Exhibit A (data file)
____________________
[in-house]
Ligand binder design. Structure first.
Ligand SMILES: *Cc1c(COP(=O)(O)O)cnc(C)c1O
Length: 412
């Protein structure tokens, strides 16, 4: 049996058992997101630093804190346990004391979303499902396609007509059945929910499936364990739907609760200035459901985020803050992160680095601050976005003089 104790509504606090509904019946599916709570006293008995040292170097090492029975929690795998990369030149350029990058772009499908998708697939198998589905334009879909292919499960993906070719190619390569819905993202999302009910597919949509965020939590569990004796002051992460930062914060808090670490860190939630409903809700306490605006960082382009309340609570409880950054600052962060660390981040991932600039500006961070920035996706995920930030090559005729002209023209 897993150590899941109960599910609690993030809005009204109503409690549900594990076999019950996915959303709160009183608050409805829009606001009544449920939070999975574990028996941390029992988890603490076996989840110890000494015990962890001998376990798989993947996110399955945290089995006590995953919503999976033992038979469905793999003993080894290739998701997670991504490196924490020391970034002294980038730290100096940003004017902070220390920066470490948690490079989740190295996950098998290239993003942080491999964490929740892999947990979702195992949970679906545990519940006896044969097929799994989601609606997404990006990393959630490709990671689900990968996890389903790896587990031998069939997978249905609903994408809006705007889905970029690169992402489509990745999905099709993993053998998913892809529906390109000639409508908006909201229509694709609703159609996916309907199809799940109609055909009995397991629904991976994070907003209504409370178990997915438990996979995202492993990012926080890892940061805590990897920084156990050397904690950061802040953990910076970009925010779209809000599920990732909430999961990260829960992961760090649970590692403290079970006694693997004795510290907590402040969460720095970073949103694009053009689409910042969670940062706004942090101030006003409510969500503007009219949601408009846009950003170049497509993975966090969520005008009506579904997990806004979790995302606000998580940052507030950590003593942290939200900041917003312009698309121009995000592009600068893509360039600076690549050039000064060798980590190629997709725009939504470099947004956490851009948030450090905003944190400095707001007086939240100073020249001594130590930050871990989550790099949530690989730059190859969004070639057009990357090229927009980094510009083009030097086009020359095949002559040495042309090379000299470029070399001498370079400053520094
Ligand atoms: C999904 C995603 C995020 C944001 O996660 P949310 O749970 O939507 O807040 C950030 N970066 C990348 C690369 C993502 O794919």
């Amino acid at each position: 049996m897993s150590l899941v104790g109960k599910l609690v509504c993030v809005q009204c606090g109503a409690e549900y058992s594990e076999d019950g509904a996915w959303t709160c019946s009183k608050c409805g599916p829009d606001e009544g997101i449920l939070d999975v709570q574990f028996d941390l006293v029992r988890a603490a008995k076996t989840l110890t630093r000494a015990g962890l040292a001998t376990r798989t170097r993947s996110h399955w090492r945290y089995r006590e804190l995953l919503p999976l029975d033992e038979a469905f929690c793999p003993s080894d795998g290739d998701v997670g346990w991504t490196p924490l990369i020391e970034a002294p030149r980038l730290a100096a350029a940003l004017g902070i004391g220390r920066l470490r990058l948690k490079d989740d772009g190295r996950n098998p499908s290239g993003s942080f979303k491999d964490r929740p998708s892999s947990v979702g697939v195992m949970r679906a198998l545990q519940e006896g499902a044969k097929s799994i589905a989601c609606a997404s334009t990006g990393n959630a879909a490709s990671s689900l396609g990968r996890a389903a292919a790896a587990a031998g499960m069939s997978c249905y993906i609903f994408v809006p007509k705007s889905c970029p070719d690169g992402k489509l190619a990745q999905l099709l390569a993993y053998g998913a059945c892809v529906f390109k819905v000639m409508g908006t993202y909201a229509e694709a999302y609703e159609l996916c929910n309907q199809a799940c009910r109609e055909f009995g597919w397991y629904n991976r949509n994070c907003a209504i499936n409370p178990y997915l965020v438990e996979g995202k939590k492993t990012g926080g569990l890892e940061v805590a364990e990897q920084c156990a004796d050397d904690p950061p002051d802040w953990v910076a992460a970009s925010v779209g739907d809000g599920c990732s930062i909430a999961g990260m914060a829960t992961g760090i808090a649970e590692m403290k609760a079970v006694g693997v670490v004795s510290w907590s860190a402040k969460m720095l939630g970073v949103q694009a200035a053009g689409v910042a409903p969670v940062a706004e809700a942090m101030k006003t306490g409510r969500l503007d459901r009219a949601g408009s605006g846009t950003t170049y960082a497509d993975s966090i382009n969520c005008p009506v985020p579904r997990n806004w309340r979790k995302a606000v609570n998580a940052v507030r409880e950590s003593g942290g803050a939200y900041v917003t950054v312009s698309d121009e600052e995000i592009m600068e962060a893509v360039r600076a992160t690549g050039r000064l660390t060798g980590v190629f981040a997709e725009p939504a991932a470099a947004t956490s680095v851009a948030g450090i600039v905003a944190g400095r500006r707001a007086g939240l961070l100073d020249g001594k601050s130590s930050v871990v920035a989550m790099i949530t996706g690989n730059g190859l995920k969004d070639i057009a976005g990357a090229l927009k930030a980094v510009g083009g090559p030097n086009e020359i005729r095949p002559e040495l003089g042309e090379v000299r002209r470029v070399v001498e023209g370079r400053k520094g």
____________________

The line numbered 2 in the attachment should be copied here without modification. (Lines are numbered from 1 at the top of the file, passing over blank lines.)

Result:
Ligand binder design. Structure first.